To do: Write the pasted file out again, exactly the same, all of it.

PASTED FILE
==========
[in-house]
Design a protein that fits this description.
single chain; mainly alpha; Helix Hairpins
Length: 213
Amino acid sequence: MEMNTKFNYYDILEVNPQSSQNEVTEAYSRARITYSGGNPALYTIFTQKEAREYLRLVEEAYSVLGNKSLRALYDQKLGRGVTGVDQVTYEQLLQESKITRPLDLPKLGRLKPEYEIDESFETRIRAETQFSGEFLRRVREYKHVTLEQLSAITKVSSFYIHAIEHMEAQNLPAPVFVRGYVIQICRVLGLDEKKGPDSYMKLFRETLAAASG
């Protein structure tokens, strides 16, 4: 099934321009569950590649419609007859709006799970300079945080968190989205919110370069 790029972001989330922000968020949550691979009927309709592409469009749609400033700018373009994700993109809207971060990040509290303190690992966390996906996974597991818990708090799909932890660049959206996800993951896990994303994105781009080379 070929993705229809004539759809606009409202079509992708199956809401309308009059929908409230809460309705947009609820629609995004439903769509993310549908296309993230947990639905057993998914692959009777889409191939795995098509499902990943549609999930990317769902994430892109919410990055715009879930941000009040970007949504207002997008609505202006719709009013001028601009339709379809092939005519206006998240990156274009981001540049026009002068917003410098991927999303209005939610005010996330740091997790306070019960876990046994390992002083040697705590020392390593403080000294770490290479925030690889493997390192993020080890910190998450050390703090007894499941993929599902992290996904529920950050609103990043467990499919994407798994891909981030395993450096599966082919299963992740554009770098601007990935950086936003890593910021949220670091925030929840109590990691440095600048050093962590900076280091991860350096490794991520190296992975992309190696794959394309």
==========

[in-house]
Design a protein that fits this description.
single chain; mainly alpha; Helix Hairpins
Length: 213
Amino acid sequence: MEMNTKFNYYDILEVNPQSSQNEVTEAYSRARITYSGGNPALYTIFTQKEAREYLRLVEEAYSVLGNKSLRALYDQKLGRGVTGVDQVTYEQLLQESKITRPLDLPKLGRLKPEYEIDESFETRIRAETQFSGEFLRRVREYKHVTLEQLSAITKVSSFYIHAIEHMEAQNLPAPVFVRGYVIQICRVLGLDEKKGPDSYMKLFRETLAAASG
């Protein structure tokens, strides 16, 4: 099934321009569950590649419609007859709006799970300079945080968190989205919110370069 790029972001989330922000968020949550691979009927309709592409469009749609400033700018373009994700993109809207971060990040509290303190690992966390996906996974597991818990708090799909932890660049959206996800993951896990994303994105781009080379 070929993705229809004539759809606009409202079509992708199956809401309308009059929908409230809460309705947009609820629609995004439903769509993310549908296309993230947990639905057993998914692959009777889409191939795995098509499902990943549609999930990317769902994430892109919410990055715009879930941000009040970007949504207002997008609505202006719709009013001028601009339709379809092939005519206006998240990156274009981001540049026009002068917003410098991927999303209005939610005010996330740091997790306070019960876990046994390992002083040697705590020392390593403080000294770490290479925030690889493997390192993020080890910190998450050390703090007894499941993929599902992290996904529920950050609103990043467990499919994407798994891909981030395993450096599966082919299963992740554009770098601007990935950086936003890593910021949220670091925030929840109590990691440095600048050093962590900076280091991860350096490794991520190296992975992309190696794959394309």